This seems like a subject worthy of a new thread. In a comment to SF’s “Isn’t That Special” post, one reader posed some (well-reasoned) criticism of A-Rod, which essentially amounted to the following:
1: He’s pompous, and therefore not very likeable
2: His presence has had an ill effect on Jeter
3: He’s only a marginal improvement over Soriano
Let’s address these in reverse order. First, I would argue that he is a very big improvement over Soriano. Number crunchers should keep in mind that Soriano is always a fast starter, and that he has slumped terribly in September and then in the postseason, when top-level pitchers can exploit his obvious weaknesses. Defensively, it’s no contest. While these factors may not add up to a massive Win Shares differential—though A-Rod is still far superior by this standard—the effects can be dramatic in crucial games down the stretch and in the playoffs.
As for the-A-Rod-is-making-Derek-nervous argument, I refuse to buy it. Jeter acolytes, YF included, have always contended that one of his core strengths is his ability to handle pressure. Why all of a sudden would that be different now? And if it were the case, wouldn’t his defense and not his offense be slipping? (His defense has been fine.) There’s really no evidence that A-Rod is gunning for the ss position: clearly, if Jeter plays anywhere near competency level, the spot remains his. And if he doesn’t, well, that’s Jeter’s fault, not A-Rod’s. In any event, having A-Rod sit behind him in the order should only help Derek.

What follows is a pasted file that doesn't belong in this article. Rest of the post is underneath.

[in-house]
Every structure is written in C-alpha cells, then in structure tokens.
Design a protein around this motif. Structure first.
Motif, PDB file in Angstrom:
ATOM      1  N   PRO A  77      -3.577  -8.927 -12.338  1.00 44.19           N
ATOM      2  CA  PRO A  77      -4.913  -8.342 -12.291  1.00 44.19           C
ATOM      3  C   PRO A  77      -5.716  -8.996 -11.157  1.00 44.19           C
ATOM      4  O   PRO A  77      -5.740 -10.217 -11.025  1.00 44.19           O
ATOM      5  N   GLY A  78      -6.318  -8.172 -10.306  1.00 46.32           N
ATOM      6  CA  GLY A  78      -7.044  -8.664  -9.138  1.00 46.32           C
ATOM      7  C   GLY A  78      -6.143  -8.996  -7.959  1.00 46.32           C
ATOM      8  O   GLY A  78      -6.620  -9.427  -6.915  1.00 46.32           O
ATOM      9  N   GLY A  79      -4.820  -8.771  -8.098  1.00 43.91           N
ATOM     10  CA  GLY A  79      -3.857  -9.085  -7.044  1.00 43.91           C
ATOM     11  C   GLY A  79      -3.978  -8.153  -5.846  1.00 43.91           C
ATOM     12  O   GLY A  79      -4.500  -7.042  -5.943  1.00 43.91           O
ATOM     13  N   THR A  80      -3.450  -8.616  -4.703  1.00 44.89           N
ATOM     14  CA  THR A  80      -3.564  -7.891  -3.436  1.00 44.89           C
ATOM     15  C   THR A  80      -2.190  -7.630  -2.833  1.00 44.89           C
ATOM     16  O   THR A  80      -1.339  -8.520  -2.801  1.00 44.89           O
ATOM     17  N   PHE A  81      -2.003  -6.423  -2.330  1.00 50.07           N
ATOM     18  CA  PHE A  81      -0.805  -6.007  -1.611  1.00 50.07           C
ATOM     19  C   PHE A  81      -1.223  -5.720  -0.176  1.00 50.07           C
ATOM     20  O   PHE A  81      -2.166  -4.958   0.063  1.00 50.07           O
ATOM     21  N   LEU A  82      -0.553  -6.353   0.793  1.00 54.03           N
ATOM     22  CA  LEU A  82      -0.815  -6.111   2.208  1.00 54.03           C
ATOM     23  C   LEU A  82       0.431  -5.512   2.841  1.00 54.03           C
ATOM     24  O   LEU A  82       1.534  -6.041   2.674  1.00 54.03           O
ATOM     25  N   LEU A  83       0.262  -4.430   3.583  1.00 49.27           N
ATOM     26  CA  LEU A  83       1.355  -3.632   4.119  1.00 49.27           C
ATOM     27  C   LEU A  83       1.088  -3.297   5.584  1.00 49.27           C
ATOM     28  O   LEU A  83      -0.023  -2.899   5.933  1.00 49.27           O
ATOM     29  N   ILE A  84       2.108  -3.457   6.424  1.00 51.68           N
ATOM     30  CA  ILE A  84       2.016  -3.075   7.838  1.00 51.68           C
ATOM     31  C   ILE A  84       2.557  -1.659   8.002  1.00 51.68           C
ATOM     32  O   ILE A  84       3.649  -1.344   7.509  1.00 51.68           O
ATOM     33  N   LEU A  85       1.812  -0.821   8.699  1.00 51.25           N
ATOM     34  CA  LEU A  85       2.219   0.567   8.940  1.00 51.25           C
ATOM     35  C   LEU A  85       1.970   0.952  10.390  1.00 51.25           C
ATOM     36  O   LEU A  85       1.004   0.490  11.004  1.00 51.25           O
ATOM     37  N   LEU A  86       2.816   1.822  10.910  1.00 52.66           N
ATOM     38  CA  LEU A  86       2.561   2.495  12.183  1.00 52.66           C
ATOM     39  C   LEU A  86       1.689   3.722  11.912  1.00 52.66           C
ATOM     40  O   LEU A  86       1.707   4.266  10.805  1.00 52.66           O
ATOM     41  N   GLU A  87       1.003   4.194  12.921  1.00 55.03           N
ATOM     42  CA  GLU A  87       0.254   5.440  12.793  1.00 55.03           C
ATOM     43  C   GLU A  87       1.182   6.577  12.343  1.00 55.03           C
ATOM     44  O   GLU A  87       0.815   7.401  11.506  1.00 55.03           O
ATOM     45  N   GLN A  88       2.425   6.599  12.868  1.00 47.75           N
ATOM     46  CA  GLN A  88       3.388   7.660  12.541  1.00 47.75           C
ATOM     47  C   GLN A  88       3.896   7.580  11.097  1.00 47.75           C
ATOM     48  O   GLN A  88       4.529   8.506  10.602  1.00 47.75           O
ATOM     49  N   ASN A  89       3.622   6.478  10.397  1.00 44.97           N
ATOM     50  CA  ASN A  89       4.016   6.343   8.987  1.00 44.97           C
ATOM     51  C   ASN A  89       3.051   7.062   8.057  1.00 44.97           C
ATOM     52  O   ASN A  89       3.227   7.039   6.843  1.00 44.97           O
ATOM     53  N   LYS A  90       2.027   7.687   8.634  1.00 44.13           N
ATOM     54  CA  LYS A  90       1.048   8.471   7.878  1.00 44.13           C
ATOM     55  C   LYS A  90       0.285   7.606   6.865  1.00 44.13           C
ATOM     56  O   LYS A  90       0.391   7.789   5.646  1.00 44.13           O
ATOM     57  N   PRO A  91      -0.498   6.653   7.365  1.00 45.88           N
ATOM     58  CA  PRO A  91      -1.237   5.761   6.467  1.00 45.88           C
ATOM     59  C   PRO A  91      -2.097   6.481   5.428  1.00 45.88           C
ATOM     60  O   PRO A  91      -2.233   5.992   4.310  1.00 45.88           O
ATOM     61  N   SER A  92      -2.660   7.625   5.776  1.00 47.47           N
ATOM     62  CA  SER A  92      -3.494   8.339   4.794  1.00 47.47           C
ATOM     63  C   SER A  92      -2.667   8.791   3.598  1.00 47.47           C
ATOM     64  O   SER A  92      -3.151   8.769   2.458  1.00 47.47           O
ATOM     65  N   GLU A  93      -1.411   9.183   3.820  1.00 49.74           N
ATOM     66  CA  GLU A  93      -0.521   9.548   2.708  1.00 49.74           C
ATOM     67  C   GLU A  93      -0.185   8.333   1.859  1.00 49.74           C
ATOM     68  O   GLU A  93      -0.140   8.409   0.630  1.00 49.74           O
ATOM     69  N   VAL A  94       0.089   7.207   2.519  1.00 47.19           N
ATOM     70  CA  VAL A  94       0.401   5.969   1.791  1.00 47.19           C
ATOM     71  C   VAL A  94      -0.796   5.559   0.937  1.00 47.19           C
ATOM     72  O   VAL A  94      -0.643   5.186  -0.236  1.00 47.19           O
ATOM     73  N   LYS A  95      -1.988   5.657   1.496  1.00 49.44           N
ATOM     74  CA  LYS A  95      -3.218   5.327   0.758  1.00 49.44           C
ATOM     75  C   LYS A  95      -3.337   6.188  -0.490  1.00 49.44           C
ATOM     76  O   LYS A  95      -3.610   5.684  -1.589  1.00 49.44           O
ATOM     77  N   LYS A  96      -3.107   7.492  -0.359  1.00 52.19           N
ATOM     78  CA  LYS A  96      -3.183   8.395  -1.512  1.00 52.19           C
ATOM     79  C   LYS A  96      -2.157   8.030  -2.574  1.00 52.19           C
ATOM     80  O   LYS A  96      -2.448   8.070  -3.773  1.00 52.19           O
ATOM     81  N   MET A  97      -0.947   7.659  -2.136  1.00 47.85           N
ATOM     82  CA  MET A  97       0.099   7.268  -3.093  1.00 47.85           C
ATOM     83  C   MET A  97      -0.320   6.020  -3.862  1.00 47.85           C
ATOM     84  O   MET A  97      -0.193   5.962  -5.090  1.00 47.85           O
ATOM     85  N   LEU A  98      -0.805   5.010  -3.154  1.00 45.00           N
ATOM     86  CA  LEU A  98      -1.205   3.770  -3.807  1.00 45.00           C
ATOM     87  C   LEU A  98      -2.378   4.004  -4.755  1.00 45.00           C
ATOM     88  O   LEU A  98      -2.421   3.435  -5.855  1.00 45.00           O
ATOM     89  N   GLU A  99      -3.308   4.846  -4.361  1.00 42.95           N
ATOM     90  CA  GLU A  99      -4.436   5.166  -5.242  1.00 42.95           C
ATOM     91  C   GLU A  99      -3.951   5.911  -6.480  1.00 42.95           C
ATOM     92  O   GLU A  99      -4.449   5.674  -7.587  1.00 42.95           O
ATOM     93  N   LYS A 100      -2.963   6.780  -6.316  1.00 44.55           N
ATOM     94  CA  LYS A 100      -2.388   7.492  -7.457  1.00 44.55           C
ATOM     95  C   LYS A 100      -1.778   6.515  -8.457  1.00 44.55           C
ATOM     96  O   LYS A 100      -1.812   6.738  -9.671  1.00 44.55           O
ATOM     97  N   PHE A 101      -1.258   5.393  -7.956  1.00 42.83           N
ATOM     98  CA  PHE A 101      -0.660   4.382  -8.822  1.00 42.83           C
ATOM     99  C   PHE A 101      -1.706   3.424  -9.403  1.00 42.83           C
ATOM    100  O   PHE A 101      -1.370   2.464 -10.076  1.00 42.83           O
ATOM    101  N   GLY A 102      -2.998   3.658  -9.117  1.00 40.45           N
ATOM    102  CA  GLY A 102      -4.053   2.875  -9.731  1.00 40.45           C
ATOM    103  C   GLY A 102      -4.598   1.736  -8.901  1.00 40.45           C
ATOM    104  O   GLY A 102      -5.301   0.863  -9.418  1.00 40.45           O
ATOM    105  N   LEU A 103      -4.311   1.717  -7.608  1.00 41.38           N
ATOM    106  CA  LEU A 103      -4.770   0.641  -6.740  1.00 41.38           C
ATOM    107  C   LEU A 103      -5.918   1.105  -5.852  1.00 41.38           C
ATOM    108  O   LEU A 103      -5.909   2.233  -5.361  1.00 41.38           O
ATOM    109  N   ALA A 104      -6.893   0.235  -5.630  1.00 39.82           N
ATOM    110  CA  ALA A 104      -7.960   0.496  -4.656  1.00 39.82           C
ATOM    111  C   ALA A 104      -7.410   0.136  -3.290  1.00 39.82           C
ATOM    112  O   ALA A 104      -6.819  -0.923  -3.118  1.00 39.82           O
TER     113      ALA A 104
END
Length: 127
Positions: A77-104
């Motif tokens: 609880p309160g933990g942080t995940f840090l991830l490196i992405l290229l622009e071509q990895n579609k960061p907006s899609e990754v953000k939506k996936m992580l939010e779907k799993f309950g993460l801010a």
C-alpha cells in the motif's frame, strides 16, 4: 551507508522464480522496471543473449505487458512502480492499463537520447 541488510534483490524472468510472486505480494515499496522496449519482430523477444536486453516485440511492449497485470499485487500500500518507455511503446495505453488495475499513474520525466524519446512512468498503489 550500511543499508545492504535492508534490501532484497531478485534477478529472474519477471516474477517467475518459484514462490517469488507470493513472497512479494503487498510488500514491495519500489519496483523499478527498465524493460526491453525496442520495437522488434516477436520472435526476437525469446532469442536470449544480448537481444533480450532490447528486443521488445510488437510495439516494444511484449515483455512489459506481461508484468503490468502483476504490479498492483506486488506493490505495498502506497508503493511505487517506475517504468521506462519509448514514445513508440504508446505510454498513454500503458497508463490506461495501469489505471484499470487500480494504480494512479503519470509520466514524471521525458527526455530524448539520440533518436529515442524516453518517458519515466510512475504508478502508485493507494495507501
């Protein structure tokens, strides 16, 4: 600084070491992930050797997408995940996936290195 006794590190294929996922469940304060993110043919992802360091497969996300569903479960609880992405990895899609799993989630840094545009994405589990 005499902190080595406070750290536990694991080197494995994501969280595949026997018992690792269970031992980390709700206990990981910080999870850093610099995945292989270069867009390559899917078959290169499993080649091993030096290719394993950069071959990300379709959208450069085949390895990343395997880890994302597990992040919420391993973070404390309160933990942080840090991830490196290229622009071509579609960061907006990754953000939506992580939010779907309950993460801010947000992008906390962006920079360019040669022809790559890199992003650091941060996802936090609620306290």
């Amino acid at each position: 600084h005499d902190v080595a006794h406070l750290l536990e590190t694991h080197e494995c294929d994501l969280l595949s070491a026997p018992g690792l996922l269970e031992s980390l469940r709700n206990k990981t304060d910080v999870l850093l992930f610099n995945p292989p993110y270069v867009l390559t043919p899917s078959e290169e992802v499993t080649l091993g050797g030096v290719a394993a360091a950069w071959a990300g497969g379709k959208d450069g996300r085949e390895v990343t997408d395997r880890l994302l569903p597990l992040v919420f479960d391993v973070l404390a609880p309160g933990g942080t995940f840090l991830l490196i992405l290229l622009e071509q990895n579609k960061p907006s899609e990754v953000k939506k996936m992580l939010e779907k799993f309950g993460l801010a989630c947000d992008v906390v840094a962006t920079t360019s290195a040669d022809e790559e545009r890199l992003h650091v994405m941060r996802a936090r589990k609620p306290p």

Finally, there’s the personality test. No excuses for him here, but maybe we should give him more than 1 month to fit in. He may never have Scott Brosius’s humility, but then again Scott Brosius was a journeyman. And however much we loved Paul O’Neill’s intensity, were all of those temper tantrums really that adorable? People have faults. A-Rod certainly does. But Yankee fans can be thankful that none of them appear to come between the lines.